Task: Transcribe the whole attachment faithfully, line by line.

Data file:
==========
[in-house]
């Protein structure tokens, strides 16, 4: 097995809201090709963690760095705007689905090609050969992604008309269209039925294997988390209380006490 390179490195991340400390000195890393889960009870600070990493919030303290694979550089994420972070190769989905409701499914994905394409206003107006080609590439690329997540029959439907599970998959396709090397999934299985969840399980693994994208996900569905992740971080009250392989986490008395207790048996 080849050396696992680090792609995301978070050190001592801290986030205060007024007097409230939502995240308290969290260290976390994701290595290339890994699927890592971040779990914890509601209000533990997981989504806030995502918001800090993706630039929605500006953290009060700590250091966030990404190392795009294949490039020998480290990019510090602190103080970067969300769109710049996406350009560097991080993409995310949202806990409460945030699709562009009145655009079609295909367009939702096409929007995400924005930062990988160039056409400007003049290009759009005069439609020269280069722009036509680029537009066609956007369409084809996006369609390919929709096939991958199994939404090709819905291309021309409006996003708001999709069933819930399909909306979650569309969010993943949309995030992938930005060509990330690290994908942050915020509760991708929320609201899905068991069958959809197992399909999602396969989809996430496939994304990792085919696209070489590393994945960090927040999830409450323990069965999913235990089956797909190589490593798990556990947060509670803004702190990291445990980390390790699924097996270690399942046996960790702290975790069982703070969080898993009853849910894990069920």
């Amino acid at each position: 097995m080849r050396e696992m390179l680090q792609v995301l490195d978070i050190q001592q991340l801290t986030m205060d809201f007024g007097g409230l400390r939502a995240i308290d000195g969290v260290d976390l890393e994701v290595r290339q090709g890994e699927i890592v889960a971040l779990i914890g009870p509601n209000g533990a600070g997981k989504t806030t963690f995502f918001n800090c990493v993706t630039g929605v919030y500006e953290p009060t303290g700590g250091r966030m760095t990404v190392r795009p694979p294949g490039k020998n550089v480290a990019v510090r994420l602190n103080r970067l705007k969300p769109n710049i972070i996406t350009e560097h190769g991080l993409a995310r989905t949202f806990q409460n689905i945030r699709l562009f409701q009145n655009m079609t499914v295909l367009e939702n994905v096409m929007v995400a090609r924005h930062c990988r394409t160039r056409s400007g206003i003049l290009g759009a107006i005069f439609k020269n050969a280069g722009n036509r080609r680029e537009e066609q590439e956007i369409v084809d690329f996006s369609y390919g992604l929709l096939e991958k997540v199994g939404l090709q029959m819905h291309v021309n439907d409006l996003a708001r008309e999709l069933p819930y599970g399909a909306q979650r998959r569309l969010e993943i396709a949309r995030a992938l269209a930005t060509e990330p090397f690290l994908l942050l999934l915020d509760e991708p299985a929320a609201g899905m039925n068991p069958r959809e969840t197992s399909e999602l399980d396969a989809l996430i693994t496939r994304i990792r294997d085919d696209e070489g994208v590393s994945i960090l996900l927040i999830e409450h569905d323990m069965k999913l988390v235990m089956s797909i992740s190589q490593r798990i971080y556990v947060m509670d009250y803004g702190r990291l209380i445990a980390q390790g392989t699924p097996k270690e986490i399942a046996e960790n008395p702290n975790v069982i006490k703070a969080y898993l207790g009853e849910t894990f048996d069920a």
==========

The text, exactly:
[in-house]
């Protein structure tokens, strides 16, 4: 097995809201090709963690760095705007689905090609050969992604008309269209039925294997988390209380006490 390179490195991340400390000195890393889960009870600070990493919030303290694979550089994420972070190769989905409701499914994905394409206003107006080609590439690329997540029959439907599970998959396709090397999934299985969840399980693994994208996900569905992740971080009250392989986490008395207790048996 080849050396696992680090792609995301978070050190001592801290986030205060007024007097409230939502995240308290969290260290976390994701290595290339890994699927890592971040779990914890509601209000533990997981989504806030995502918001800090993706630039929605500006953290009060700590250091966030990404190392795009294949490039020998480290990019510090602190103080970067969300769109710049996406350009560097991080993409995310949202806990409460945030699709562009009145655009079609295909367009939702096409929007995400924005930062990988160039056409400007003049290009759009005069439609020269280069722009036509680029537009066609956007369409084809996006369609390919929709096939991958199994939404090709819905291309021309409006996003708001999709069933819930399909909306979650569309969010993943949309995030992938930005060509990330690290994908942050915020509760991708929320609201899905068991069958959809197992399909999602396969989809996430496939994304990792085919696209070489590393994945960090927040999830409450323990069965999913235990089956797909190589490593798990556990947060509670803004702190990291445990980390390790699924097996270690399942046996960790702290975790069982703070969080898993009853849910894990069920």
């Amino acid at each position: 097995m080849r050396e696992m390179l680090q792609v995301l490195d978070i050190q001592q991340l801290t986030m205060d809201f007024g007097g409230l400390r939502a995240i308290d000195g969290v260290d976390l890393e994701v290595r290339q090709g890994e699927i890592v889960a971040l779990i914890g009870p509601n209000g533990a600070g997981k989504t806030t963690f995502f918001n800090c990493v993706t630039g929605v919030y500006e953290p009060t303290g700590g250091r966030m760095t990404v190392r795009p694979p294949g490039k020998n550089v480290a990019v510090r994420l602190n103080r970067l705007k969300p769109n710049i972070i996406t350009e560097h190769g991080l993409a995310r989905t949202f806990q409460n689905i945030r699709l562009f409701q009145n655009m079609t499914v295909l367009e939702n994905v096409m929007v995400a090609r924005h930062c990988r394409t160039r056409s400007g206003i003049l290009g759009a107006i005069f439609k020269n050969a280069g722009n036509r080609r680029e537009e066609q590439e956007i369409v084809d690329f996006s369609y390919g992604l929709l096939e991958k997540v199994g939404l090709q029959m819905h291309v021309n439907d409006l996003a708001r008309e999709l069933p819930y599970g399909a909306q979650r998959r569309l969010e993943i396709a949309r995030a992938l269209a930005t060509e990330p090397f690290l994908l942050l999934l915020d509760e991708p299985a929320a609201g899905m039925n068991p069958r959809e969840t197992s399909e999602l399980d396969a989809l996430i693994t496939r994304i990792r294997d085919d696209e070489g994208v590393s994945i960090l996900l927040i999830e409450h569905d323990m069965k999913l988390v235990m089956s797909i992740s190589q490593r798990i971080y556990v947060m509670d009250y803004g702190r990291l209380i445990a980390q390790g392989t699924p097996k270690e986490i399942a046996e960790n008395p702290n975790v069982i006490k703070a969080y898993l207790g009853e849910t894990f048996d069920a």